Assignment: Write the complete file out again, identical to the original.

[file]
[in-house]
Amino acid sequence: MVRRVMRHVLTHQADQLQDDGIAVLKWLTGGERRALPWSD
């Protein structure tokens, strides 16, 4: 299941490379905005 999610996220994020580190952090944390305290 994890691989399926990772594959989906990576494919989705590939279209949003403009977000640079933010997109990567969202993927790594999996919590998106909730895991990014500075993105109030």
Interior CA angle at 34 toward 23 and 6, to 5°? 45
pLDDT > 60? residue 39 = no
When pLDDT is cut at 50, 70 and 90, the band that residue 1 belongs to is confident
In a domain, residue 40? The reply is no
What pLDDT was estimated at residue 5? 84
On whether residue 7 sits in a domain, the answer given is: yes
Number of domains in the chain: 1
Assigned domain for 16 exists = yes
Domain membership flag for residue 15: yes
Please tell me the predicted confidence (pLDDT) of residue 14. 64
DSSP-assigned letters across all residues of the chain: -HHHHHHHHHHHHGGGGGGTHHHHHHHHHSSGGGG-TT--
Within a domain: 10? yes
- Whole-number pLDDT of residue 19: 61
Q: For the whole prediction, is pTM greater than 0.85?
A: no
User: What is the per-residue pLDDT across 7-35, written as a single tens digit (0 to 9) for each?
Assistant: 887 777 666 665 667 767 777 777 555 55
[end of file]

[in-house]
Amino acid sequence: MVRRVMRHVLTHQADQLQDDGIAVLKWLTGGERRALPWSD
């Protein structure tokens, strides 16, 4: 299941490379905005 999610996220994020580190952090944390305290 994890691989399926990772594959989906990576494919989705590939279209949003403009977000640079933010997109990567969202993927790594999996919590998106909730895991990014500075993105109030």
Interior CA angle at 34 toward 23 and 6, to 5°? 45
pLDDT > 60? residue 39 = no
When pLDDT is cut at 50, 70 and 90, the band that residue 1 belongs to is confident
In a domain, residue 40? The reply is no
What pLDDT was estimated at residue 5? 84
On whether residue 7 sits in a domain, the answer given is: yes
Number of domains in the chain: 1
Assigned domain for 16 exists = yes
Domain membership flag for residue 15: yes
Please tell me the predicted confidence (pLDDT) of residue 14. 64
DSSP-assigned letters across all residues of the chain: -HHHHHHHHHHHHGGGGGGTHHHHHHHHHSSGGGG-TT--
Within a domain: 10? yes
- Whole-number pLDDT of residue 19: 61
Q: For the whole prediction, is pTM greater than 0.85?
A: no
User: What is the per-residue pLDDT across 7-35, written as a single tens digit (0 to 9) for each?
Assistant: 887 777 666 665 667 767 777 777 555 55